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Report: Twitter Helped Put Out Fires in London, Not Start Them

BY Nick Judd | Thursday, August 25 2011

An analysis of Twitter usage during Britain's London riots indicates that Twitter was used more to react to riots and looting than to cause it, The Guardian reports: The unique database contains tweets about the riots ... Read More

The American Angle on David Cameron's Social Media Censorship Moment

BY Nick Judd | Monday, August 22 2011

The "special relationship" between the United States and United Kingdom apparently went unscathed earlier this month when British Prime Minister David Cameron attacked one of the U.S. State Department's pet causes, ... Read More

Philadelphia Police Commissioner Says: Don't Call Riots 'Flash Mobs'

BY Nick Judd | Friday, August 12 2011

Walk into the right church, apparently, and you hear Philadelphia Mayor Michael Nutter excoriate young black people for the violence that is making some residents of his city afraid to go downtown at night. But while ... Read More

The Greater Manchester Police's New Hashtag Should Be #Jailed

BY Nick Judd | Thursday, August 11 2011

The Greater Manchester Police have taken up the practice of tweeting the names and dates of birth of people convicted of crimes stemming from the recent riots there. "We promised we'd name all those convicted for their ... Read More

On The British Government's Study of Banning Criminal Suspects From Social Media

BY Nick Judd | Thursday, August 11 2011

The British government believes it may be able to prevent the kind of destruction that happened to the Croydon building pictured above during recent riots by banning suspected criminals from social media. Photo: Peter G. ... Read More

The London Riots and Anonymous: Are They Connected?

BY Nick Judd | Wednesday, August 10 2011

Writing for Forbes, Parmy Olson notes parallels between the London riots and the online rioting of members of Anonymous and Lulzsec: The former was physical, animalistic and violent, involving young people wearing hoods ... Read More

A Call to Curtail London Rioting Focuses on 'Encrypted' Mobile Messaging Service

BY Nick Judd | Tuesday, August 9 2011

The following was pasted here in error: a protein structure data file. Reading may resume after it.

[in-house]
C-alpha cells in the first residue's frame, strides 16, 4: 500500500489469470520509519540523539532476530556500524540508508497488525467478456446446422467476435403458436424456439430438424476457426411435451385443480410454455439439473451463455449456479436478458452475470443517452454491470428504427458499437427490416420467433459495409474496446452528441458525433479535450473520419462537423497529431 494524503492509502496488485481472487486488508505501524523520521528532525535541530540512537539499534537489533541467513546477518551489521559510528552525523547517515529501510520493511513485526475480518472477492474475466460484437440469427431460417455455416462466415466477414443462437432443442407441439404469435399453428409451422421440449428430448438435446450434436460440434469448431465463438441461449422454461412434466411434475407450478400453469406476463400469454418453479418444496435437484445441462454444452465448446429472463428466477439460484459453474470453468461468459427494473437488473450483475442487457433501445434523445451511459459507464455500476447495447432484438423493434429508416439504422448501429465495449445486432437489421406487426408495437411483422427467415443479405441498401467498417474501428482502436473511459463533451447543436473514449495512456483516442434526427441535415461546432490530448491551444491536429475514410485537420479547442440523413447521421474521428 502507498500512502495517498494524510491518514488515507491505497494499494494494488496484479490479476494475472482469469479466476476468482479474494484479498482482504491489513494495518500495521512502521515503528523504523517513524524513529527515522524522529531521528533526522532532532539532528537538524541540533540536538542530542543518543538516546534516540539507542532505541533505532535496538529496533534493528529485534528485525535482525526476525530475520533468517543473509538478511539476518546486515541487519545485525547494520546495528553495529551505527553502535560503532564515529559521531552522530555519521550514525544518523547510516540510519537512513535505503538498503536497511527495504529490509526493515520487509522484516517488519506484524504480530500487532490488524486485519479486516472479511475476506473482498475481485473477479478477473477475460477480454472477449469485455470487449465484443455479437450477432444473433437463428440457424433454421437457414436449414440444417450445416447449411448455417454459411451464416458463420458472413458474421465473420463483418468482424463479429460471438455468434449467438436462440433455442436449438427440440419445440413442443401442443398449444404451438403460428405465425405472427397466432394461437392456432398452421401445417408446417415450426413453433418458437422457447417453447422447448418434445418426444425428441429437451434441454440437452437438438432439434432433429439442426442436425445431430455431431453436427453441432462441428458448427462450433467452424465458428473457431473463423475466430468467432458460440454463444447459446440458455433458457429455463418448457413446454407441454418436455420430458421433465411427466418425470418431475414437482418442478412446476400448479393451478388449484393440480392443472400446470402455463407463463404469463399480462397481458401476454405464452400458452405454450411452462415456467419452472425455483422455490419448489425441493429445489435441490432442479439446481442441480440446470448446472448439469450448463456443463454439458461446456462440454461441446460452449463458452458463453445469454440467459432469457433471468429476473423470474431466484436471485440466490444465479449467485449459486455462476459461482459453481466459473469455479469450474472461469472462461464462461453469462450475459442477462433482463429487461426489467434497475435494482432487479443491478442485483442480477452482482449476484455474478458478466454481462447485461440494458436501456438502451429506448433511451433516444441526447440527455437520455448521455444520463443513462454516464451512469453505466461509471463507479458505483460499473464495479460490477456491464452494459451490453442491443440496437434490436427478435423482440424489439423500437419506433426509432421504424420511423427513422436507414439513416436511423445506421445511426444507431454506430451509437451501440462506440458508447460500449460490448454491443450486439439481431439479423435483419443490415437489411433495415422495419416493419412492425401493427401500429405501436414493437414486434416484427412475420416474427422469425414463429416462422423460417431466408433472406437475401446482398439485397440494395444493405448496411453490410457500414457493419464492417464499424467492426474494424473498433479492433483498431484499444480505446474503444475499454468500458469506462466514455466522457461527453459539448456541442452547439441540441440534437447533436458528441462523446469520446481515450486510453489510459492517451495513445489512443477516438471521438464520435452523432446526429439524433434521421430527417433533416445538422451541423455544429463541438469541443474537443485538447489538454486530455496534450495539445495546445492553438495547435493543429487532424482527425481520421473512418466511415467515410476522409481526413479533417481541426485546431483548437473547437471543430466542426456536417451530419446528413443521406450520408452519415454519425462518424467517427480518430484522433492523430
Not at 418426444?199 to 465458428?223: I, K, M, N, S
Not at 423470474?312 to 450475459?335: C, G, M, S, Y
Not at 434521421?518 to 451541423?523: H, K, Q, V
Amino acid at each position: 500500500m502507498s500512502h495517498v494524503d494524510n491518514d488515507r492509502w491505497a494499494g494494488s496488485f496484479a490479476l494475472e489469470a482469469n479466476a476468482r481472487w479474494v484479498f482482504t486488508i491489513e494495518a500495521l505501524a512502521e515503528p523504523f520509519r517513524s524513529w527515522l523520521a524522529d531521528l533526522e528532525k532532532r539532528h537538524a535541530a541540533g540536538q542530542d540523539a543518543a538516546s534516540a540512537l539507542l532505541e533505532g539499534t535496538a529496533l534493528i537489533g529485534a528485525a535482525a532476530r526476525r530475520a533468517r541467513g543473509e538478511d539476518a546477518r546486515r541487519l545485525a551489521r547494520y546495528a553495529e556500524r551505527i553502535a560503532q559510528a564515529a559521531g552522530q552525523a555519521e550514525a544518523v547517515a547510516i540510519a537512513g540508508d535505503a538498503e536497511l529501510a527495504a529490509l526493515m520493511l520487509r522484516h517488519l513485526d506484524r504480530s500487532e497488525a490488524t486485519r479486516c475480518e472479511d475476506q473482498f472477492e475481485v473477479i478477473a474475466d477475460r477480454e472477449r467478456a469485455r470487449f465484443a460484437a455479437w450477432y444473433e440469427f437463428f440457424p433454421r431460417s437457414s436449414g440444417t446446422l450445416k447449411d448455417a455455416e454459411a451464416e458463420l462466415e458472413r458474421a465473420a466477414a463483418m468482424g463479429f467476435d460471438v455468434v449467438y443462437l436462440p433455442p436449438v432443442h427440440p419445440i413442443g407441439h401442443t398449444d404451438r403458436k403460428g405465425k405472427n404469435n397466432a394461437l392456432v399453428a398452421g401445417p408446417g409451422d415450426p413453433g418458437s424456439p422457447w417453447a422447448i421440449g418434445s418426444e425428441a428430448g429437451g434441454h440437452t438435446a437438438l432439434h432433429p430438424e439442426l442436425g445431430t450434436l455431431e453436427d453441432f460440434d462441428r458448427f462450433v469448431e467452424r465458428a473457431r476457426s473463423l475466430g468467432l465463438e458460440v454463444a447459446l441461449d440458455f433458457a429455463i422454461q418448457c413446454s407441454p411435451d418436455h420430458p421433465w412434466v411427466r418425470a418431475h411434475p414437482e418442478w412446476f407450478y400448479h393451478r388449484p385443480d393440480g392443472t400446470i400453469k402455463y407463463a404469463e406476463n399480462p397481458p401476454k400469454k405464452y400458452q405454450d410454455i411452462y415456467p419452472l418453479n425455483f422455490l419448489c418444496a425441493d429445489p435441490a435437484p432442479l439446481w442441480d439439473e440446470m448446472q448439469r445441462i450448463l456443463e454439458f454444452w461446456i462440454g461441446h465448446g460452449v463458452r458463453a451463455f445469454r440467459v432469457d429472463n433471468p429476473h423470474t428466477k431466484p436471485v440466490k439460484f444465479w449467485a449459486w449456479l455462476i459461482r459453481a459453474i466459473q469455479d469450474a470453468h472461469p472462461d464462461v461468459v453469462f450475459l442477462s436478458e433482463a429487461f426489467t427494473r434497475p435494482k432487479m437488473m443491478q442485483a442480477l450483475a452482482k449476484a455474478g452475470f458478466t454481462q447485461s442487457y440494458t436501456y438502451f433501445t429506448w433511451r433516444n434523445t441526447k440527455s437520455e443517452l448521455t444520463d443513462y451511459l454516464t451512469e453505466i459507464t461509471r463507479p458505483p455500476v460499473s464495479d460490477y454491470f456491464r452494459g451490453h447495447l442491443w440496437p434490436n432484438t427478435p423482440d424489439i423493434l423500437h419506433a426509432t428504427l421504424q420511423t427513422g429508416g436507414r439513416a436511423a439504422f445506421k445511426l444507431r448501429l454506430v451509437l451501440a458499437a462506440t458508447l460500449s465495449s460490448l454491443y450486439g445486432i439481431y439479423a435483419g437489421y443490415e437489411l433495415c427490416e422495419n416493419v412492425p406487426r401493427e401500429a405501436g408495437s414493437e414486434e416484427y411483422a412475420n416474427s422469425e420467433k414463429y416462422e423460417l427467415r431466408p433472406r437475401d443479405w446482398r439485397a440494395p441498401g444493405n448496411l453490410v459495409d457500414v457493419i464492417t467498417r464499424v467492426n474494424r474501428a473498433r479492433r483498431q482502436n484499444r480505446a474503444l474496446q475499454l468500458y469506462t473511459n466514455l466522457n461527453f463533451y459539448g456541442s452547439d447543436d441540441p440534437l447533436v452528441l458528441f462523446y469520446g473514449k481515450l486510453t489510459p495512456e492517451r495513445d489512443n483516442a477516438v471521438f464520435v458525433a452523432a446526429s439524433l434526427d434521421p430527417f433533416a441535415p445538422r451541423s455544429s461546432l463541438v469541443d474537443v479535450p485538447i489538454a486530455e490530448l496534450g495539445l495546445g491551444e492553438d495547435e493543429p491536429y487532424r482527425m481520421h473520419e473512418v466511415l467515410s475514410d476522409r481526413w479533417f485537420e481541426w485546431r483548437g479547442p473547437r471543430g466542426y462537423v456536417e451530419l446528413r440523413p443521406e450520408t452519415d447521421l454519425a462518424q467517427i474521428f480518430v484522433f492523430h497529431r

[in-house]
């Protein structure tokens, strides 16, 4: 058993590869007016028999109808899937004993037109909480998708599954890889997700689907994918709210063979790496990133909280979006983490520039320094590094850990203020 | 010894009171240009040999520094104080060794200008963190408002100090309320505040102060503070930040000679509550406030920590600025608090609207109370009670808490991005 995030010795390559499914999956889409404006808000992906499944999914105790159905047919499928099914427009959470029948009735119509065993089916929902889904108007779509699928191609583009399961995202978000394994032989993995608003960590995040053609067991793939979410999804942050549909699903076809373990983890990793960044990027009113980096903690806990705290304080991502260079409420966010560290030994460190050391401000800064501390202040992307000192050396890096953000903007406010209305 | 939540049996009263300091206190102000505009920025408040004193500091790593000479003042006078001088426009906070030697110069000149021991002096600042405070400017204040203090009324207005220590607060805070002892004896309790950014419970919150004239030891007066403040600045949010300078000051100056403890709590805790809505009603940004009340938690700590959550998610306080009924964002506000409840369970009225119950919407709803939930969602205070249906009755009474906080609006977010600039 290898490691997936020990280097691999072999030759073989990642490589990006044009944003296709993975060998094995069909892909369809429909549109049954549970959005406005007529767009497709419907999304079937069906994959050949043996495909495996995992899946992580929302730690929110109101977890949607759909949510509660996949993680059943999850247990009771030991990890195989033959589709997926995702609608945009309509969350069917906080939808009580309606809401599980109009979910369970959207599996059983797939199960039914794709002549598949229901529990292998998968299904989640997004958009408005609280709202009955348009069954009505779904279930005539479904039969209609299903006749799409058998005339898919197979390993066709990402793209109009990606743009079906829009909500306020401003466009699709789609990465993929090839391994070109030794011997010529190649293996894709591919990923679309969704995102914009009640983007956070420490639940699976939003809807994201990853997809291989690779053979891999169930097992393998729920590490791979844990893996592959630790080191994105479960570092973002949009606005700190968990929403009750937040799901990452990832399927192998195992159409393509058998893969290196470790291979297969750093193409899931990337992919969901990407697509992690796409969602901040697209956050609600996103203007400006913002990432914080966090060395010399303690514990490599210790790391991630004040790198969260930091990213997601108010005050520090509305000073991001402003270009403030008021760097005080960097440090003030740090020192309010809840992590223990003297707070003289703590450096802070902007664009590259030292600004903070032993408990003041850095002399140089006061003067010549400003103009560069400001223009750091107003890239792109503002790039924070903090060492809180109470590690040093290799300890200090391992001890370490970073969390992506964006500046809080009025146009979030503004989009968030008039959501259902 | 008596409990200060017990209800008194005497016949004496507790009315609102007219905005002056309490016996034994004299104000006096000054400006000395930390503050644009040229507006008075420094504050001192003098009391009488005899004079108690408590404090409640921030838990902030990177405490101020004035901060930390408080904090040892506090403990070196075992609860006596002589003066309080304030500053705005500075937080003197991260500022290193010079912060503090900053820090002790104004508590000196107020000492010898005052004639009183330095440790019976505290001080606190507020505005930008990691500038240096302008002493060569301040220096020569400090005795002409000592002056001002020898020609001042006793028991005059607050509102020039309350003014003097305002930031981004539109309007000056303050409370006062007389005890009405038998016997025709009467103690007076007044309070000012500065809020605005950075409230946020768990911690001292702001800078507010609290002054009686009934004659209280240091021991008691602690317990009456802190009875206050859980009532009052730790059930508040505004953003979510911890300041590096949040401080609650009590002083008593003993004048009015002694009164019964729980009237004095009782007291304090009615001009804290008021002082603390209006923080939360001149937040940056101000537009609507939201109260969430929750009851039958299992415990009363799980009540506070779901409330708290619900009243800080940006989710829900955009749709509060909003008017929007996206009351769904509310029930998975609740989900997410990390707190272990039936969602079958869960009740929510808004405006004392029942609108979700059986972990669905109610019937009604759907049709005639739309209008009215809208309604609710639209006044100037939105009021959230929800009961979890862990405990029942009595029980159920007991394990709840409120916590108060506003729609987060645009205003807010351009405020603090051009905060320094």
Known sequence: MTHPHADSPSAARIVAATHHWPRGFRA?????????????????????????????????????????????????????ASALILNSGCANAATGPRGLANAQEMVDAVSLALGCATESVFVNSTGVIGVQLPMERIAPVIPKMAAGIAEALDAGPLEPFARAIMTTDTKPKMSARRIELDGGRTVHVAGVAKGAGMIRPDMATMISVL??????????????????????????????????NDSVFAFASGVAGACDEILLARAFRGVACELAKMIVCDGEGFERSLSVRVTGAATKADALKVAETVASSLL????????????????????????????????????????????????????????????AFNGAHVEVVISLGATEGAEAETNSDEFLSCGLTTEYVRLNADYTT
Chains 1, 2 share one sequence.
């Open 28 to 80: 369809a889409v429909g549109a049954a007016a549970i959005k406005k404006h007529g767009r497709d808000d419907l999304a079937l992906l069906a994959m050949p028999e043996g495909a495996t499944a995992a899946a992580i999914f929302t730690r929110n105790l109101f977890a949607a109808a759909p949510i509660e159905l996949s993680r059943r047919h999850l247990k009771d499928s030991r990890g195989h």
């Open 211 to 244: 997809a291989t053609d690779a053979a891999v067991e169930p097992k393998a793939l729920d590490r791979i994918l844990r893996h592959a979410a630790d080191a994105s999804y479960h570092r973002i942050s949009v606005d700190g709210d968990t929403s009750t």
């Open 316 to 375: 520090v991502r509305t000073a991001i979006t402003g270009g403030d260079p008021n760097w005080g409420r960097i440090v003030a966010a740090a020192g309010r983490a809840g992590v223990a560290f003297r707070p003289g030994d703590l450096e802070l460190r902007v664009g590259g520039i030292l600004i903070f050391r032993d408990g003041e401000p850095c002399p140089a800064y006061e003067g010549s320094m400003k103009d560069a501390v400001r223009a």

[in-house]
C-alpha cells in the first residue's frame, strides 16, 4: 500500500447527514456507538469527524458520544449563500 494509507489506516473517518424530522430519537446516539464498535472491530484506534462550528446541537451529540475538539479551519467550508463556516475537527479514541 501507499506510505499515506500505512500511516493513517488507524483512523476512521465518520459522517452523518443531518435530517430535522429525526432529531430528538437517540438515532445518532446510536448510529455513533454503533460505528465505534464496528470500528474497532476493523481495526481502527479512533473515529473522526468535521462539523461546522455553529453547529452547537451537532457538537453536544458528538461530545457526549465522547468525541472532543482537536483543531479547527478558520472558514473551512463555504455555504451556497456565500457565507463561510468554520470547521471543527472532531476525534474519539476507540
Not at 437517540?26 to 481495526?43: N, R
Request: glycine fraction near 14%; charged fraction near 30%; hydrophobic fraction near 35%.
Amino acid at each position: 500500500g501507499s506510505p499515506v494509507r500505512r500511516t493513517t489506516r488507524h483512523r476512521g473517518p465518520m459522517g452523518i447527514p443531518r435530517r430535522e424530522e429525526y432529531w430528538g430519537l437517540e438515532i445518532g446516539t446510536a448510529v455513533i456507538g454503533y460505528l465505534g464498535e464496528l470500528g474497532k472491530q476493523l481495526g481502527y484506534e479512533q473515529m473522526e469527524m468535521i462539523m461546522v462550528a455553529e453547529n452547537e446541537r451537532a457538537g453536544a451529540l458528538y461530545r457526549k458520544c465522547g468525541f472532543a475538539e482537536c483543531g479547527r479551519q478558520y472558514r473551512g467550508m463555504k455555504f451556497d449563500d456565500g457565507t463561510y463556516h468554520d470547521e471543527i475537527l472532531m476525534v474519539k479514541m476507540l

A member of British Parliament representing ground zero for the riots now rocking that country on Tuesday called for the maker of the BlackBerry mobile phone to suspend its popular BlackBerry Messaging Service tonight. ... Read More

Amidst Chaos, Britain's Community Newspapers Gather Facts, Clean-up Crews Gather Members, All Online

BY Nick Judd | Tuesday, August 9 2011

In the fourth day of unrest in England, residents respond to rioting by organizing clean-up efforts and sharing breaking news online. Photo via Chris Choi / yfrog As riots spread in England and the unrest in that country ... Read More

Tottenham Rioters, BlackBerry Messaging, and the Rise of the 'Flash Mob' As Something Scary

BY Nick Judd | Monday, August 8 2011

In the aftermath of this weekend's riots in London, in which 170 people have been reportedly arrested, some folks are focusing on the role instantaneous communication played in the making of a scene of mayhem. From The ... Read More

In Vancouver, Riot Cleanup -- and Consequences -- on Twitter and Facebook

BY Nick Judd | Thursday, June 16 2011

Flickr user Matthew Grapengieser shares this image of the violence in Vancouver, B.C. after the Canucks lost the Stanley Cup Final on June 15. Sometimes, Internet activists want to protect people who take to the streets ... Read More

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New Media Sites in Iran Blur Lines Between Citizen Journo, Professional Journo, & Activist

In 2010, Newsweek declared Iran the “birthplace of citizen journalism.” Iranian bloggers were hailed by Westerners as “brave” for their coverage of the aftermath of the disputed 2009 election. A 40-second video of the death of Neda Agha-Soltan during an anti-government protest won a prestigious George Polk Award, the first anonymously-produced work to be so honored. And then came the 2013 study “Whither Blogestan,” which sought to explain Iran's shrinking blogosphere. Of nearly 25,000 highly active and connected blogs in 2008 and 2009, only 20 percent were still online in September 2013.

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